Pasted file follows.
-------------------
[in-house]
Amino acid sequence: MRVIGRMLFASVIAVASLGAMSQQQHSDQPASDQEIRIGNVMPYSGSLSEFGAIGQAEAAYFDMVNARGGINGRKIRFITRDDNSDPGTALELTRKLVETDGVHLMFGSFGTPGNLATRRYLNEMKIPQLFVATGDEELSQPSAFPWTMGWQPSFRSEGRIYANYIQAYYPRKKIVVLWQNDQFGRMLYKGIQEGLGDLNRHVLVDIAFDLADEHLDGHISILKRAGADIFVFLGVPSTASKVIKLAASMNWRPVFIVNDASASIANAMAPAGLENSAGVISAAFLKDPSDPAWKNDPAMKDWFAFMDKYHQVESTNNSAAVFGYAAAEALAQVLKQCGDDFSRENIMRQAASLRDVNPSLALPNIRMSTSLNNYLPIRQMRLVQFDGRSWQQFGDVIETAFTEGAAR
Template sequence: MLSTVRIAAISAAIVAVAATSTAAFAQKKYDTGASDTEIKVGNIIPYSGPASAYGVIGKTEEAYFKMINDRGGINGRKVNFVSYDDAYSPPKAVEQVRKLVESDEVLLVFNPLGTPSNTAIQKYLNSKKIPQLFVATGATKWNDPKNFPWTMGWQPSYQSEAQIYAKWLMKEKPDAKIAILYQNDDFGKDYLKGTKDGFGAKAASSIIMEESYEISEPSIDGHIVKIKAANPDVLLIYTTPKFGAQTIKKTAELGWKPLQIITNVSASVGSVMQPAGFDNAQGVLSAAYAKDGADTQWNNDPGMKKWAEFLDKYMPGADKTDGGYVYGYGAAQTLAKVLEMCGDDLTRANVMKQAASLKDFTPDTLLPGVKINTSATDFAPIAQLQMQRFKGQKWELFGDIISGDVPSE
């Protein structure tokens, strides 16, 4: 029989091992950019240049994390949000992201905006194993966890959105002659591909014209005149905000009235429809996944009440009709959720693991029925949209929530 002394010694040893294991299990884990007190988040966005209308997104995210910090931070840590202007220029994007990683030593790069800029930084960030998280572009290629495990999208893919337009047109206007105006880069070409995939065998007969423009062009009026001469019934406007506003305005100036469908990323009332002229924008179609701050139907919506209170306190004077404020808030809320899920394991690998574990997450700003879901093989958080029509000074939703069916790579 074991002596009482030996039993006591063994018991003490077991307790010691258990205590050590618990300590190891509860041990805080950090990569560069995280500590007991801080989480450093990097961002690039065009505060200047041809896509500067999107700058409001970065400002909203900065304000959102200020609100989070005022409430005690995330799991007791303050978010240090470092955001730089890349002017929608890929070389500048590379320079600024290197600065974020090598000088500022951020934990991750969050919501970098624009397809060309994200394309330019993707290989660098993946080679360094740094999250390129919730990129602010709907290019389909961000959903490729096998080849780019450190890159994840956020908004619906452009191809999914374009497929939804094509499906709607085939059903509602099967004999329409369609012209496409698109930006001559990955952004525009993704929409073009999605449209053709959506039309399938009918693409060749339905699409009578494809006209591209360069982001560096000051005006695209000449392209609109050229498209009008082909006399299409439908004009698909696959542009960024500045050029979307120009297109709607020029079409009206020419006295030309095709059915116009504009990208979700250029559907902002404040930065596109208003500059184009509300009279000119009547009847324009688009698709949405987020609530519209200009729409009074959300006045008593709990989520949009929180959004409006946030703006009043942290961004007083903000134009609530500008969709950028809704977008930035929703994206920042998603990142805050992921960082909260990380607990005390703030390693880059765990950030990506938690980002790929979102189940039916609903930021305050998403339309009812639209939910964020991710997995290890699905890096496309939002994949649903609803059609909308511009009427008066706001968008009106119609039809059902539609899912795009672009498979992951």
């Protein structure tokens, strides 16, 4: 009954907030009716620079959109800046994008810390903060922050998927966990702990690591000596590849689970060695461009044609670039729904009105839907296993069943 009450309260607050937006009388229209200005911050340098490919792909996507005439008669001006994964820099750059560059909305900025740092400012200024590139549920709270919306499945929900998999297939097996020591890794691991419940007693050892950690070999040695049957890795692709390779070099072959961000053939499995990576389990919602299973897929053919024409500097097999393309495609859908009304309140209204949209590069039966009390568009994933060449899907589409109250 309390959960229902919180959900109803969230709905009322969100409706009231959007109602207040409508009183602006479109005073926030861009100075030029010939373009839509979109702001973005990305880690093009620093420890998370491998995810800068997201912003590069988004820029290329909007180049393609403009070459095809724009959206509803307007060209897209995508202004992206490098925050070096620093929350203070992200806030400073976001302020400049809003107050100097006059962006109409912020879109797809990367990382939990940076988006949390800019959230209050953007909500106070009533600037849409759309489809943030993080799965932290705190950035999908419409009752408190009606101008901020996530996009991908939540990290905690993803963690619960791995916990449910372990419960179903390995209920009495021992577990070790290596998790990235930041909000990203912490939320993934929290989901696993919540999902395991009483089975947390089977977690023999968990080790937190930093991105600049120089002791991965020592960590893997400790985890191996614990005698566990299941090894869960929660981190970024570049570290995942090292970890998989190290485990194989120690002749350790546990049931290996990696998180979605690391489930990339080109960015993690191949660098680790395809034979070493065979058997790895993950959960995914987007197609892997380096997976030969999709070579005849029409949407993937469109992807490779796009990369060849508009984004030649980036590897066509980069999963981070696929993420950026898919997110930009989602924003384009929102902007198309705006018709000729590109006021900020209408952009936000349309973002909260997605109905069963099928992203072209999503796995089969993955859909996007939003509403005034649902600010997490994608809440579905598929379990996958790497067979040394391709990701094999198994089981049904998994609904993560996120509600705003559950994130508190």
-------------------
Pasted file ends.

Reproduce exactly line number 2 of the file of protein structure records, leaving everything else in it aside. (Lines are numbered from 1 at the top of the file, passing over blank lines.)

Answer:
Amino acid sequence: MRVIGRMLFASVIAVASLGAMSQQQHSDQPASDQEIRIGNVMPYSGSLSEFGAIGQAEAAYFDMVNARGGINGRKIRFITRDDNSDPGTALELTRKLVETDGVHLMFGSFGTPGNLATRRYLNEMKIPQLFVATGDEELSQPSAFPWTMGWQPSFRSEGRIYANYIQAYYPRKKIVVLWQNDQFGRMLYKGIQEGLGDLNRHVLVDIAFDLADEHLDGHISILKRAGADIFVFLGVPSTASKVIKLAASMNWRPVFIVNDASASIANAMAPAGLENSAGVISAAFLKDPSDPAWKNDPAMKDWFAFMDKYHQVESTNNSAAVFGYAAAEALAQVLKQCGDDFSRENIMRQAASLRDVNPSLALPNIRMSTSLNNYLPIRQMRLVQFDGRSWQQFGDVIETAFTEGAAR